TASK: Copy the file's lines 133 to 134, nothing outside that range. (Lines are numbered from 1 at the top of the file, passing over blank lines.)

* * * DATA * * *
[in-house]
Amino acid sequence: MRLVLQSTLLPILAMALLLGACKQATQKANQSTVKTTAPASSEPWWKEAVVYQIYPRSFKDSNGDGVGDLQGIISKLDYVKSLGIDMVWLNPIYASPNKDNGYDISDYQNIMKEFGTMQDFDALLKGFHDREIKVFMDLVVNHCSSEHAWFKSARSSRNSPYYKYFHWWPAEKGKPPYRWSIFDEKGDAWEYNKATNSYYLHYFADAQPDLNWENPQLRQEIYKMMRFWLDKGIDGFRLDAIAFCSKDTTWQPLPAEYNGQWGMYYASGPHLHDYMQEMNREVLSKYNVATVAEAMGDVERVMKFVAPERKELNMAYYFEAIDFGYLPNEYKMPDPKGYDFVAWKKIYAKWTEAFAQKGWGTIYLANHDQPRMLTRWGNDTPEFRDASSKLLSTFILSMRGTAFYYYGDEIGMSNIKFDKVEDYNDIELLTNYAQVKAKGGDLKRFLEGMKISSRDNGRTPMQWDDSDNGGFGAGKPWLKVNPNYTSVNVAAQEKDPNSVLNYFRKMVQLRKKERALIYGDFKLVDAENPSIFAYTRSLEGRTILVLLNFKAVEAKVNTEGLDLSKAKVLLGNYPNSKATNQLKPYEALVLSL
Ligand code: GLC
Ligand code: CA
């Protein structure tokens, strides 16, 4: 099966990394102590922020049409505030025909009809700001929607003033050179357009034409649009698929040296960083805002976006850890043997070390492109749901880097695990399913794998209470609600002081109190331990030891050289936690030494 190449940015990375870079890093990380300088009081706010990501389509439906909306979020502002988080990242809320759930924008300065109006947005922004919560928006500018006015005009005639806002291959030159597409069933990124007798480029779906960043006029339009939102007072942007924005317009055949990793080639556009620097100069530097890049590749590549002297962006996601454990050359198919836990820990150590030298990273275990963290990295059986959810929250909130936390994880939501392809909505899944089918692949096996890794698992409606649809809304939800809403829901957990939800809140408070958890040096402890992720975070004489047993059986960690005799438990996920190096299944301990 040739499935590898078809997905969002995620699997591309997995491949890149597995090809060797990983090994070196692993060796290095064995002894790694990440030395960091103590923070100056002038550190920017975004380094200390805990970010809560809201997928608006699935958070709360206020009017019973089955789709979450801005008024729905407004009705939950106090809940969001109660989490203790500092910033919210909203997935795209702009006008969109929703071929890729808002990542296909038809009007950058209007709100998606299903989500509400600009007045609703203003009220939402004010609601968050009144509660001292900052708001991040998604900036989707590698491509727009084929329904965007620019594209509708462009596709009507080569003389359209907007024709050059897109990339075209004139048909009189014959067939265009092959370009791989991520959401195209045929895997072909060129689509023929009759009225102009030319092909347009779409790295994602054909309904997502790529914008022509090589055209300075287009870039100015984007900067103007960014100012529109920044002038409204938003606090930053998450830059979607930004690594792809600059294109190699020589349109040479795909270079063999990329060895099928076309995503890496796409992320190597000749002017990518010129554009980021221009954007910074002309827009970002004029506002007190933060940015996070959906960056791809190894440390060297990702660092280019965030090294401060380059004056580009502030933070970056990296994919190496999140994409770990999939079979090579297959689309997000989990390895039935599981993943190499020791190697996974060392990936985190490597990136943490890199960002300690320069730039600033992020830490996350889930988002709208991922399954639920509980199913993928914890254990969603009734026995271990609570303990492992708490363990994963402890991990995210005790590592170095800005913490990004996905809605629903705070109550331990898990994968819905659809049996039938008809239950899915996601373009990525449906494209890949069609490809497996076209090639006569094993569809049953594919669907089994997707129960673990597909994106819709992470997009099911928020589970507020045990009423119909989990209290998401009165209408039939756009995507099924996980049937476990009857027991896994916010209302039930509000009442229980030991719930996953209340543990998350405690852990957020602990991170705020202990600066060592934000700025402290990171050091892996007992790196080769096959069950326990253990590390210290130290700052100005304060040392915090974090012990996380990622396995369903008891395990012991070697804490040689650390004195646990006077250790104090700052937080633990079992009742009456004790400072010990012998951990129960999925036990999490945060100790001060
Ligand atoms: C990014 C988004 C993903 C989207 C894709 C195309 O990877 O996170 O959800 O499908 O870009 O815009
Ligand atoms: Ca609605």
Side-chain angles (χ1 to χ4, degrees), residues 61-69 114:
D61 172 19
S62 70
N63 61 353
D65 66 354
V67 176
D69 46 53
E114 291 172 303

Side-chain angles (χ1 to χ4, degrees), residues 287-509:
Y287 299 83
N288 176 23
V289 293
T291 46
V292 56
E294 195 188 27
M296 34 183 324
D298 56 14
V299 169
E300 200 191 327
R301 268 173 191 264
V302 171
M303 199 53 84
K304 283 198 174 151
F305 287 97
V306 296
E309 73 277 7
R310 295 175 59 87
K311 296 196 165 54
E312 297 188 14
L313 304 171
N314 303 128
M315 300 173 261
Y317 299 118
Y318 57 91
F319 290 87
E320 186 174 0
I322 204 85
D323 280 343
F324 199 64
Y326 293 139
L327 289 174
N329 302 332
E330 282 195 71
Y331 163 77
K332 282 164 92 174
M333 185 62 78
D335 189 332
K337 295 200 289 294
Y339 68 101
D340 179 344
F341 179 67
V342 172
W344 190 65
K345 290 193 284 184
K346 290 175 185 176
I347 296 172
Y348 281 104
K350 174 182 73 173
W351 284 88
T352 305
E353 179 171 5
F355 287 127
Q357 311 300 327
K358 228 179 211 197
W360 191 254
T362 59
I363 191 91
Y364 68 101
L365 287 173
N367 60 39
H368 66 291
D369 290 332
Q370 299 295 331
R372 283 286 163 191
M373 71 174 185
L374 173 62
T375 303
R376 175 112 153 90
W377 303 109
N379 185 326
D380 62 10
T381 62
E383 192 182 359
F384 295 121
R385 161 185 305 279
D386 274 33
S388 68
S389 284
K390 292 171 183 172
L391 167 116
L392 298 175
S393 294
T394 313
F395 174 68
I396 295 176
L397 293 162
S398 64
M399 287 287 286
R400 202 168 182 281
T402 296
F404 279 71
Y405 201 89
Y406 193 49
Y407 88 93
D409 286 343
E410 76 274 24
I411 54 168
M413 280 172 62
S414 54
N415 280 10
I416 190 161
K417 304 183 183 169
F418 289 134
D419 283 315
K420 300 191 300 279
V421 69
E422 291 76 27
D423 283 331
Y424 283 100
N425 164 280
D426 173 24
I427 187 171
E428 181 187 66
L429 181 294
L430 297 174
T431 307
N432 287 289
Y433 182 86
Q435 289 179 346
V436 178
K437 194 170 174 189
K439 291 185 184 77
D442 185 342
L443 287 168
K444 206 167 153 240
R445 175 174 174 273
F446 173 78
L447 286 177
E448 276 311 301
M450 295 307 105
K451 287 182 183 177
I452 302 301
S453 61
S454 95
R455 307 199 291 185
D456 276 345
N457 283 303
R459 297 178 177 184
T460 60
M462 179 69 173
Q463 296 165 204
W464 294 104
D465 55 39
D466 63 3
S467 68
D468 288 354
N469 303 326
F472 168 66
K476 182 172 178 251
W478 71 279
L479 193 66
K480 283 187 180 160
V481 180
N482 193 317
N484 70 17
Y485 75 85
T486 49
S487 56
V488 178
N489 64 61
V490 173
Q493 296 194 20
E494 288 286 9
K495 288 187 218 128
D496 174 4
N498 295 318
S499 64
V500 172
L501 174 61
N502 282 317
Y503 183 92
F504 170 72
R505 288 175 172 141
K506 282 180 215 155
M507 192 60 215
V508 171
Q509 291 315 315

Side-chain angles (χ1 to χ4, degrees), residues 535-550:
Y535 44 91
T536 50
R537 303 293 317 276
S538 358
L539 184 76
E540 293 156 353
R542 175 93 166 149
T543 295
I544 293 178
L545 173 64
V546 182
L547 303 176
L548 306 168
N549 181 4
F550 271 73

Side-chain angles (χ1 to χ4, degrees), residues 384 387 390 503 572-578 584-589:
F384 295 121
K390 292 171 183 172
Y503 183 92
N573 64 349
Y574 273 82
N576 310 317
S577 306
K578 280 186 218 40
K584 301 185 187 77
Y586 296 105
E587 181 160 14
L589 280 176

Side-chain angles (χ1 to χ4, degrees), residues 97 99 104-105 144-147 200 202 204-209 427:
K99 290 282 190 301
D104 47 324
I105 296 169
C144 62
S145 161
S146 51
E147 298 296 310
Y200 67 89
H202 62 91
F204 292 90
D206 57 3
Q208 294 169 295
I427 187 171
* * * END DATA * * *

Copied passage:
T431 307
N432 287 289